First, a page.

Begin your wine tasting tour by heading north up Leelanau Peninsula on Cedar Road (C-651), cruising on the twist-and-roll two-lane past farmhouses, barns and crew-cut fields. At the yellow blinker just north of Cedar, pull into Longview Vineyard and Winery Tasting Room (8697 Good Harbor Trail, 231-228-2880, longviewwinery.com). Swirl a glass of Riesling and hear how the vineyard earned its name: when vintner Alan Eaker’s wife expressed concern during their courtship that the relationship wouldn’t work, he asked her to take the long view.
Follow Schomberg Road a short distance to Lake Shore Drive. Head east (right) and absorb views of South Lake Leelanau that open up on your right. When Bel Lago Vineyard and Winery (6350 S. Lake Shore Dr., 231-228-4800, bellago.com) appears, duck into the airy tasting room for a sip of prizewinning Pinot Noir and Chardonnay, or try the Pinot Grigio Ice Wine, a dangerously sweet vintage with flavor that blooms in your mouth.
For more of that gorgeous view, continue north on Lake Shore Drive as it snakes up Leelanau Peninsula. Enjoy glimpses of Lake Leelanau and wonder at the fruitfulness of nature’s serendipity – the steady temperature of the water in Lake Michigan and Lake Leelanau extends the growing season, affording Leelanau one of the best grape growing climates in the country.
Turn left on Duck Lake Road and after a mile or so steer south down French Road. Chateau Fontaine (2290 S. French Road, 231-256-0000, chateaufontaine.com) is tucked behind a thicket of trees. You’ll find a tasting room and vineyard filled with delicate Pinot Gris and Woodland Red grapes from which owners Dan and Lucie Matthias produce award-winning wines.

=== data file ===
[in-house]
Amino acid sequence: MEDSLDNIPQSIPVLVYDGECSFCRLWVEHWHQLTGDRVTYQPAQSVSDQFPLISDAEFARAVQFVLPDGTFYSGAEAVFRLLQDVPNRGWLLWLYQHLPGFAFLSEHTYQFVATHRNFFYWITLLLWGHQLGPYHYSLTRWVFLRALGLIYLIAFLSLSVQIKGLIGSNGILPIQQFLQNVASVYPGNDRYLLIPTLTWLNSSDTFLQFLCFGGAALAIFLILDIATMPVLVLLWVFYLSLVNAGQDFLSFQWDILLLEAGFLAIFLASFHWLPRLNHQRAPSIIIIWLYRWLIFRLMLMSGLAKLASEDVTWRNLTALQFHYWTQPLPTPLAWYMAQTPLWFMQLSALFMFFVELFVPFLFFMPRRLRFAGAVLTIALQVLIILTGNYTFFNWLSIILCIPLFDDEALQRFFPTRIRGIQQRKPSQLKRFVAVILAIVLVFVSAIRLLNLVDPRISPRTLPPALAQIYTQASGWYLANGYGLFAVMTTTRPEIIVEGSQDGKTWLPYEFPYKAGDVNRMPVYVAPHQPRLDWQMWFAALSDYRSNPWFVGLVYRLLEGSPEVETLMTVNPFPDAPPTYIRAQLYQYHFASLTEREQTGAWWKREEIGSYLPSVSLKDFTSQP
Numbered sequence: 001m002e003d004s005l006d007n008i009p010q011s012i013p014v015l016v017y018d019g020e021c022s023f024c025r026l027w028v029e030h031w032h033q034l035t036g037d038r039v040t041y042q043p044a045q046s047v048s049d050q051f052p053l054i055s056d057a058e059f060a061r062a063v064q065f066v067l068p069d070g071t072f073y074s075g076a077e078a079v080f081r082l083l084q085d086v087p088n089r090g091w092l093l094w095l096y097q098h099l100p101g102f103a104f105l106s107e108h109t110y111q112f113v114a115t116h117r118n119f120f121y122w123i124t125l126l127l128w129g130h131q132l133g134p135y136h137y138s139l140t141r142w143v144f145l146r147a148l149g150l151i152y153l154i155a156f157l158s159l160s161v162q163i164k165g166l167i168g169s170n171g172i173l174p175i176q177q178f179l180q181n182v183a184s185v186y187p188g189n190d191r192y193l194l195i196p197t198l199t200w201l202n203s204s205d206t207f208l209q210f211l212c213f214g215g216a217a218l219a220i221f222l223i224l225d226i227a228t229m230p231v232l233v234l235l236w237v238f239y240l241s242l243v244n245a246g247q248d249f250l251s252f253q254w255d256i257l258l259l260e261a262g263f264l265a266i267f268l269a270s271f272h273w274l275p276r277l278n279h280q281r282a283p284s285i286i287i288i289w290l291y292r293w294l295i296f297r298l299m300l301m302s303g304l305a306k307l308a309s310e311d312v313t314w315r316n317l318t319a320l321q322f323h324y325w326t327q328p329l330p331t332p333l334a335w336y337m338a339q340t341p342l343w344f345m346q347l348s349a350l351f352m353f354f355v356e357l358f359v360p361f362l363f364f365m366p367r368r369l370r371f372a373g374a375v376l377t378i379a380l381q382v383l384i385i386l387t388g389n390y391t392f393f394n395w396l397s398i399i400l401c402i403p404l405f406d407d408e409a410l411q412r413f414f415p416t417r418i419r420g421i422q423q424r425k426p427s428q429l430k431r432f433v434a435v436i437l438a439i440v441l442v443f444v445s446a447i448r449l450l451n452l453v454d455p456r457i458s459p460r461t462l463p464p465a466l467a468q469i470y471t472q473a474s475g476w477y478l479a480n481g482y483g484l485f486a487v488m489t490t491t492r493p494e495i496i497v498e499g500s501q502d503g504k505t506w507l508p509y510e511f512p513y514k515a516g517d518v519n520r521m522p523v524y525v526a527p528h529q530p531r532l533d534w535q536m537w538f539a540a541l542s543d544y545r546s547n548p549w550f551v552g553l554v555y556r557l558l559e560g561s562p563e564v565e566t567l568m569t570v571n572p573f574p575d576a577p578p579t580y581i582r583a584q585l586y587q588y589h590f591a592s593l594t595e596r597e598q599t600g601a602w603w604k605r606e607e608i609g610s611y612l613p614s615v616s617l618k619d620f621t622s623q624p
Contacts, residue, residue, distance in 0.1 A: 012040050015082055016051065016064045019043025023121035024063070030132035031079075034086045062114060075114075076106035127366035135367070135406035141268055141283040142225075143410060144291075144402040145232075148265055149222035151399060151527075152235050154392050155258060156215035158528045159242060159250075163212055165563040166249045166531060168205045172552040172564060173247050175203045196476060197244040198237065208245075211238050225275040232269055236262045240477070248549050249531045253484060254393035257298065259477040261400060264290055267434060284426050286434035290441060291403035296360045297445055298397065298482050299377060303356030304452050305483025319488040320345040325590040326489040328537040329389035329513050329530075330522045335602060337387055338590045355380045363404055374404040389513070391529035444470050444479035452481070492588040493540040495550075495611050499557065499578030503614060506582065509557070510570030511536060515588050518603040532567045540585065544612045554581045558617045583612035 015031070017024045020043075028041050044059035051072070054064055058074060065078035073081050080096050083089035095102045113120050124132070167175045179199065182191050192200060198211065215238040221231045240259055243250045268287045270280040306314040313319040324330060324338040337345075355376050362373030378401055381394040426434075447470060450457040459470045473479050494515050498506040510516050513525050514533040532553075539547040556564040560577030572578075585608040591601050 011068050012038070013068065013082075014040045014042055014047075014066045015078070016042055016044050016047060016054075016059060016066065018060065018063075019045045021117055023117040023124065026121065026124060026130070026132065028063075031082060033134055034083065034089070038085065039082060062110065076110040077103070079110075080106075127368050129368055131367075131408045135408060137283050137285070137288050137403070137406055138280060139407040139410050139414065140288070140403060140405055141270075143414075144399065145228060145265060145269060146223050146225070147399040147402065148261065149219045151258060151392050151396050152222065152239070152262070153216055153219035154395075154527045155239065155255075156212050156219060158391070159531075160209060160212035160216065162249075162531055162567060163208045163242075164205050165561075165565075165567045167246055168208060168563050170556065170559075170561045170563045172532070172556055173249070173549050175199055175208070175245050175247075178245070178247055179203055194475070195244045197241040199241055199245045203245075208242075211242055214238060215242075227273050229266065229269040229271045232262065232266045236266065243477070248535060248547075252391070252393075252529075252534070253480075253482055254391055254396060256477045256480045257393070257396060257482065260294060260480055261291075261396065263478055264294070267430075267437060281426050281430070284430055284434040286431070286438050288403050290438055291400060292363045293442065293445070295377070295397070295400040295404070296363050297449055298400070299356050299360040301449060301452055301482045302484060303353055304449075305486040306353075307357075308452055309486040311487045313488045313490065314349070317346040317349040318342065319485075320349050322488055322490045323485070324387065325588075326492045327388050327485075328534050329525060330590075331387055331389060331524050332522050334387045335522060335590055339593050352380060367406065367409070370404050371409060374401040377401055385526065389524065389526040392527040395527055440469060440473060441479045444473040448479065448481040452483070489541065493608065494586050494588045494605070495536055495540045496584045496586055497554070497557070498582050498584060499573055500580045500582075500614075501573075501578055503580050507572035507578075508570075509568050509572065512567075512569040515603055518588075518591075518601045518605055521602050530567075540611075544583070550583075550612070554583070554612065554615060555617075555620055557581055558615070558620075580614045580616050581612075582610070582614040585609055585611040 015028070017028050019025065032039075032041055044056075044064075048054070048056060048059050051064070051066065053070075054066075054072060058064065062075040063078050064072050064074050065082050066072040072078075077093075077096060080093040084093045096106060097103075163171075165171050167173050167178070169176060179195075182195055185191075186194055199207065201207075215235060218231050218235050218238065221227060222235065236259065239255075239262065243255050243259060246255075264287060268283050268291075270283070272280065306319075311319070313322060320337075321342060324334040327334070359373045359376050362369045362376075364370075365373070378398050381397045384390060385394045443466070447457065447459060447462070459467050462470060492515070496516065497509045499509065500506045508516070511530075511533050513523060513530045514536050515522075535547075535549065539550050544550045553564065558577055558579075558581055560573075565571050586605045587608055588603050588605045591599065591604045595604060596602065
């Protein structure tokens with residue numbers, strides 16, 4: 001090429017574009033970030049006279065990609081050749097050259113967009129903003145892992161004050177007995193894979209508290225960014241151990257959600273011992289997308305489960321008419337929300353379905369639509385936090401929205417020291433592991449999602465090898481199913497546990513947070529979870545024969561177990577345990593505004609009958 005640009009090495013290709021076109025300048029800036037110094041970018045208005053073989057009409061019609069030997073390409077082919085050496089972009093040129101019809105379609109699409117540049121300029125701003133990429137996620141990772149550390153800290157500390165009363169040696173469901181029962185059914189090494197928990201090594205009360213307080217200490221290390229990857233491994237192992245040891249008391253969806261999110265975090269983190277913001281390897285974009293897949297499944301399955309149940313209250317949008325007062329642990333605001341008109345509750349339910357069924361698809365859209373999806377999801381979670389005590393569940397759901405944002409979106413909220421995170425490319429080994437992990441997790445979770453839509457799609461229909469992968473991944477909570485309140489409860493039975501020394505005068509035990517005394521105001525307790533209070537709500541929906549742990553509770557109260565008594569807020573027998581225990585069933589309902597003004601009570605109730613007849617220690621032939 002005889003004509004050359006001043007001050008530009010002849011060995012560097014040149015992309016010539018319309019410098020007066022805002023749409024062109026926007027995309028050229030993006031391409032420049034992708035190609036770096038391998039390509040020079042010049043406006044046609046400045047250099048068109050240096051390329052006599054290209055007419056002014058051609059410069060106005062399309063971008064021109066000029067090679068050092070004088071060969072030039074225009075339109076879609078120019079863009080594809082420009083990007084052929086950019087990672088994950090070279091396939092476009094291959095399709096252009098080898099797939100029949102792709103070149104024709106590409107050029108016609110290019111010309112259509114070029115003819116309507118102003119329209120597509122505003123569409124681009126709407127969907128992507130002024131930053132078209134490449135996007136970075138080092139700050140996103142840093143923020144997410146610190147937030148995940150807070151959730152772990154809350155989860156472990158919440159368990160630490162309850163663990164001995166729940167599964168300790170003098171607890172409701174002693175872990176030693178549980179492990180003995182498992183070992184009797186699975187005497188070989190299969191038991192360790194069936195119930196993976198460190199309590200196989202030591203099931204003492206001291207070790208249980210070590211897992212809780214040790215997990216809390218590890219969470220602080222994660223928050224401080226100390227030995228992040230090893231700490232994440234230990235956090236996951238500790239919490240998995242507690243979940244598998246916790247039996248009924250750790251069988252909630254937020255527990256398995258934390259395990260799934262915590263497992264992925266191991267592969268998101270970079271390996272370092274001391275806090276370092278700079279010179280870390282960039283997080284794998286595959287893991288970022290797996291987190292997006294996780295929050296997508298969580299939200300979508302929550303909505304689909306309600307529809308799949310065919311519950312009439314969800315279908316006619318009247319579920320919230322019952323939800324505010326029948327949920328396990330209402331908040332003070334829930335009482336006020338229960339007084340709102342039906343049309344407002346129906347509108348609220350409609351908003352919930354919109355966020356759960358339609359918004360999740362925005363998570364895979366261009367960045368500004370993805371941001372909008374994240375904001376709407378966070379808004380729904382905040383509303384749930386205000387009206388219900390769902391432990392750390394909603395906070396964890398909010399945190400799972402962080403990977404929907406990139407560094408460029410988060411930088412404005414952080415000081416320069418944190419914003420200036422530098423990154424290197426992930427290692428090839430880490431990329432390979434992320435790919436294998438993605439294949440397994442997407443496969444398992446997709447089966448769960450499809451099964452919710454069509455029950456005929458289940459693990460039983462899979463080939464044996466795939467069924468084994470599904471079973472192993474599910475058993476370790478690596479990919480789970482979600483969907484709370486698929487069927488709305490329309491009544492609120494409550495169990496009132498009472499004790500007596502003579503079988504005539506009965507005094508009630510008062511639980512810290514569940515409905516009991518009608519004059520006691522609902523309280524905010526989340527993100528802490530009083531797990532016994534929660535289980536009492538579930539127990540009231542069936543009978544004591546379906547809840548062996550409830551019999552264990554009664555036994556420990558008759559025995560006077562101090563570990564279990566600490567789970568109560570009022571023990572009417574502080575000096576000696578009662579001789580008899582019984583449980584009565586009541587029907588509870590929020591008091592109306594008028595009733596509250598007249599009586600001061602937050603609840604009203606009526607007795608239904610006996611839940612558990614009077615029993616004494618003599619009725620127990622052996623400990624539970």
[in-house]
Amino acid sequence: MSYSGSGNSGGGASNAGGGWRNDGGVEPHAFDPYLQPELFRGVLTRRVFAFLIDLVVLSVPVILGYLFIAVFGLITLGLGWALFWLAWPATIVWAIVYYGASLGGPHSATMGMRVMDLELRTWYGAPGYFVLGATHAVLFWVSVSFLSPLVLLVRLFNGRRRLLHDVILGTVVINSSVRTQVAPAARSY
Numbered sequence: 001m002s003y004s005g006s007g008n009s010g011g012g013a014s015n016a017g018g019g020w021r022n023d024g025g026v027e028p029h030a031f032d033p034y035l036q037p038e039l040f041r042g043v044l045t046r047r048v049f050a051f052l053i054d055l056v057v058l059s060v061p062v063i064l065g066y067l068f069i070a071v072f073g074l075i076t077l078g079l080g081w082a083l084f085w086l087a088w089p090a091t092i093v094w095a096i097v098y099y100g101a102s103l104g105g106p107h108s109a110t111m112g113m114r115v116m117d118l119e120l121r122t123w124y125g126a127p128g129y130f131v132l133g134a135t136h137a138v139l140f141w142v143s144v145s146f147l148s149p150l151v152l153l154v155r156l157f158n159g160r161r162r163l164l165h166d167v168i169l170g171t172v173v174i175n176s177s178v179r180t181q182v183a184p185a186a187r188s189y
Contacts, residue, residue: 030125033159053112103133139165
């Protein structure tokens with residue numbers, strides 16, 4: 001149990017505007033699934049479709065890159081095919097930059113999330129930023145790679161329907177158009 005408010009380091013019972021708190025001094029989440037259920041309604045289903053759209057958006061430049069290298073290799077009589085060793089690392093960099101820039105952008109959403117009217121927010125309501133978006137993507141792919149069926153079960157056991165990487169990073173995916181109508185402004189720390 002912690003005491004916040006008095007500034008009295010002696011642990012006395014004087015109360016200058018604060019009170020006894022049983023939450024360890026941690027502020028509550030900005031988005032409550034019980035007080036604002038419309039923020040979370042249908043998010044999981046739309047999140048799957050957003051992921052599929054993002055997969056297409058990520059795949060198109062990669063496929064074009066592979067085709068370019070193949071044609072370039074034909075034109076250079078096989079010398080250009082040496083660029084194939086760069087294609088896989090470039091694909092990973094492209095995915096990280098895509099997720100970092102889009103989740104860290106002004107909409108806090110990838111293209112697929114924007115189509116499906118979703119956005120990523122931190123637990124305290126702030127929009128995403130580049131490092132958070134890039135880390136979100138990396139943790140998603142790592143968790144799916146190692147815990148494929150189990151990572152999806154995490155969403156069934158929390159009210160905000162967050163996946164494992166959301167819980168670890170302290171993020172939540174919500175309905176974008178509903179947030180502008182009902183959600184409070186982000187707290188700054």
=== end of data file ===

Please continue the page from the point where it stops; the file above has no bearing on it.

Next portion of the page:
There are plenty more tasting rooms to peruse in these parts, so take your time and keep enjoying the view (lpwines.com). On the return trip, set a lazy pace back south down the peninsula. French Road unfurls like a long black ribbon through the rolling fields, and from the hilltops, the glacier-carved topography spills out in great hummocks of patchwork greens and browns.
Katie Holland was an intern at Traverse, Northern Michigan’s Magazine.
Note: This article was first published in May 2007 and was updated for the web February 2008.
There are two other “wineries with a view” that come to mind … Willow, off of M-22 turn left on Hilltop as you approach Suttons Bay. You can see all of Grand Traverse Bay, including Power (Marion) Island as you taste a complicated Rose. The tasting room is nestled among glacier carved boulders, covered in lavender.
The second is in Omena. There isn’t a prettier bay to be seen. The tasting room of Leelanau Cellars is perched at the northmost end of the bay. (Take M-22 north from Traverse City). And if you decide you just can’t tear yourself away, there’s a restaurant right next door, but you may have to wait awhile to get a table by the edge of the deck. And if you just can’t stand to leave, you might try the Omena Sunset Lodge up the hill behind the Tamarack Craftsman Art Gallery.